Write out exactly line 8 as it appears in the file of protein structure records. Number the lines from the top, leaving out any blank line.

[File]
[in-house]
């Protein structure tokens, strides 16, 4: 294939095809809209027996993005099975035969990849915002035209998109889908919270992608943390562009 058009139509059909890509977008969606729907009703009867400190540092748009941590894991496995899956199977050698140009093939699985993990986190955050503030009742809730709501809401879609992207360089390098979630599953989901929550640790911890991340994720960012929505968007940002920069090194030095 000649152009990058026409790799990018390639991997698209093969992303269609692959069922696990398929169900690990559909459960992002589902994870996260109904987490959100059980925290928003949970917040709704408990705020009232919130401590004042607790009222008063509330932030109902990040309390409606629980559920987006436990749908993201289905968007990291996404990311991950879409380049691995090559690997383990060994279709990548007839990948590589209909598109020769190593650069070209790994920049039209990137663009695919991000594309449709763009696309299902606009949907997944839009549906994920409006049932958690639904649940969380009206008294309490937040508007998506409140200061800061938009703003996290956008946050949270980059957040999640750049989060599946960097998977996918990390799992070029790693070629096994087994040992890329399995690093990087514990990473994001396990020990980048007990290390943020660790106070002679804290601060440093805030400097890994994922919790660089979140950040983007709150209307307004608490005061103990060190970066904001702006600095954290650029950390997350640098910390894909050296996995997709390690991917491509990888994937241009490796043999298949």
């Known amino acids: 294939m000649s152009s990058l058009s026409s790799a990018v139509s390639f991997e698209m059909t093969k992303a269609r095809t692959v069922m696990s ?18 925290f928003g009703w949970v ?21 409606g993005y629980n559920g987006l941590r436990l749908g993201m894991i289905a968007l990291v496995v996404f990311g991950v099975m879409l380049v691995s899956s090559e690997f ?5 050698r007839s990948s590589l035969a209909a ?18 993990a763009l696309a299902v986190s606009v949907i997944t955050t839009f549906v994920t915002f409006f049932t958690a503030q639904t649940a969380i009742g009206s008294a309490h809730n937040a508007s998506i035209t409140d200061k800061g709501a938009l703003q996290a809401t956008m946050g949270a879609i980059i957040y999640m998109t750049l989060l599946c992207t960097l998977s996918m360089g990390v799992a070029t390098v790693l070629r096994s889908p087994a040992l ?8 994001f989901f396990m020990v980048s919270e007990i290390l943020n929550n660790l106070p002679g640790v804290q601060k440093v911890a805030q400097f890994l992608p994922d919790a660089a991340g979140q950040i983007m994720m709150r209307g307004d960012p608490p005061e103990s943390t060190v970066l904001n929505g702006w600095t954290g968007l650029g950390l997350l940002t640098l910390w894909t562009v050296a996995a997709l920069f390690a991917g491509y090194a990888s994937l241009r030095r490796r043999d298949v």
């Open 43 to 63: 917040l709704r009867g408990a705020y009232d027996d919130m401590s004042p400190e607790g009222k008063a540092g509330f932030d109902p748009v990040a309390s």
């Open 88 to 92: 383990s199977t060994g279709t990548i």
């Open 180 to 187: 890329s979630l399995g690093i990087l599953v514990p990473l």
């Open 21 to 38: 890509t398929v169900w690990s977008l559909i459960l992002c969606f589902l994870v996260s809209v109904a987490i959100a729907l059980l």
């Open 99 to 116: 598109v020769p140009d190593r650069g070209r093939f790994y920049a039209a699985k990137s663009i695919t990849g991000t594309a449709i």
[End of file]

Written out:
């Open 99 to 116: 598109v020769p140009d190593r650069g070209r093939f790994y920049a039209a699985k990137s663009i695919t990849g991000t594309a449709i």